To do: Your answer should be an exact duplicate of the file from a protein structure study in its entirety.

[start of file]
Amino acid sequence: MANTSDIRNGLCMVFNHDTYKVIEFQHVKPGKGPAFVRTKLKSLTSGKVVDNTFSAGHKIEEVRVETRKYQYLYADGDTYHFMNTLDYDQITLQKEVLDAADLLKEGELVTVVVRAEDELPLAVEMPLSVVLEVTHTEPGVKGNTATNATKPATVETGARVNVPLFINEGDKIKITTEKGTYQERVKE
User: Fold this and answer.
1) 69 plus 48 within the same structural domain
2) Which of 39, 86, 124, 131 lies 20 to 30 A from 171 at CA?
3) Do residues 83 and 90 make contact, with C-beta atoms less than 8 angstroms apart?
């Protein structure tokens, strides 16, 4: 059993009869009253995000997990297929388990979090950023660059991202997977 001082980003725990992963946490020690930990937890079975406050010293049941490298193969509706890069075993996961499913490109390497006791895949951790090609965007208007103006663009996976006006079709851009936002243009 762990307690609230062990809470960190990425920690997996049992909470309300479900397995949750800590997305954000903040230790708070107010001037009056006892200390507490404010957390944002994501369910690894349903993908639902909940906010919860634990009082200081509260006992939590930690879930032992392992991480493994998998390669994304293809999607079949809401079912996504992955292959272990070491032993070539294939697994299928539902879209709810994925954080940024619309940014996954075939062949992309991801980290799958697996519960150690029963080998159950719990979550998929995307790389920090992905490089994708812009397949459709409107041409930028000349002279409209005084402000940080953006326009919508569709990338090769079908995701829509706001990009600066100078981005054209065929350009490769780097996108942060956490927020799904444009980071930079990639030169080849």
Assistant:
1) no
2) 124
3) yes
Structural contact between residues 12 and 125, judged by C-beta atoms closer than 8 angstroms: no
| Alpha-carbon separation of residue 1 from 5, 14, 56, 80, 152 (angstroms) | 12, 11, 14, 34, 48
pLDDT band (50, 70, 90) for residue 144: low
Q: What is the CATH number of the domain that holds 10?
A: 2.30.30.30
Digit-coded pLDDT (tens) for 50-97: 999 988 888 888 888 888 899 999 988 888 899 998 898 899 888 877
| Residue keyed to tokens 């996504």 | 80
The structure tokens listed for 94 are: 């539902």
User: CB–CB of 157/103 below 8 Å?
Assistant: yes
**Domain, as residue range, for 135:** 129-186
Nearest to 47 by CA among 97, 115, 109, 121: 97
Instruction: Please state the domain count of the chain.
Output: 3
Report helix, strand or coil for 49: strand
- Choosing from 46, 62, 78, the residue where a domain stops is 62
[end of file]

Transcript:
Amino acid sequence: MANTSDIRNGLCMVFNHDTYKVIEFQHVKPGKGPAFVRTKLKSLTSGKVVDNTFSAGHKIEEVRVETRKYQYLYADGDTYHFMNTLDYDQITLQKEVLDAADLLKEGELVTVVVRAEDELPLAVEMPLSVVLEVTHTEPGVKGNTATNATKPATVETGARVNVPLFINEGDKIKITTEKGTYQERVKE
User: Fold this and answer.
1) 69 plus 48 within the same structural domain
2) Which of 39, 86, 124, 131 lies 20 to 30 A from 171 at CA?
3) Do residues 83 and 90 make contact, with C-beta atoms less than 8 angstroms apart?
């Protein structure tokens, strides 16, 4: 059993009869009253995000997990297929388990979090950023660059991202997977 001082980003725990992963946490020690930990937890079975406050010293049941490298193969509706890069075993996961499913490109390497006791895949951790090609965007208007103006663009996976006006079709851009936002243009 762990307690609230062990809470960190990425920690997996049992909470309300479900397995949750800590997305954000903040230790708070107010001037009056006892200390507490404010957390944002994501369910690894349903993908639902909940906010919860634990009082200081509260006992939590930690879930032992392992991480493994998998390669994304293809999607079949809401079912996504992955292959272990070491032993070539294939697994299928539902879209709810994925954080940024619309940014996954075939062949992309991801980290799958697996519960150690029963080998159950719990979550998929995307790389920090992905490089994708812009397949459709409107041409930028000349002279409209005084402000940080953006326009919508569709990338090769079908995701829509706001990009600066100078981005054209065929350009490769780097996108942060956490927020799904444009980071930079990639030169080849």
Assistant:
1) no
2) 124
3) yes
Structural contact between residues 12 and 125, judged by C-beta atoms closer than 8 angstroms: no
| Alpha-carbon separation of residue 1 from 5, 14, 56, 80, 152 (angstroms) | 12, 11, 14, 34, 48
pLDDT band (50, 70, 90) for residue 144: low
Q: What is the CATH number of the domain that holds 10?
A: 2.30.30.30
Digit-coded pLDDT (tens) for 50-97: 999 988 888 888 888 888 899 999 988 888 899 998 898 899 888 877
| Residue keyed to tokens 């996504």 | 80
The structure tokens listed for 94 are: 């539902």
User: CB–CB of 157/103 below 8 Å?
Assistant: yes
**Domain, as residue range, for 135:** 129-186
Nearest to 47 by CA among 97, 115, 109, 121: 97
Instruction: Please state the domain count of the chain.
Output: 3
Report helix, strand or coil for 49: strand
- Choosing from 46, 62, 78, the residue where a domain stops is 62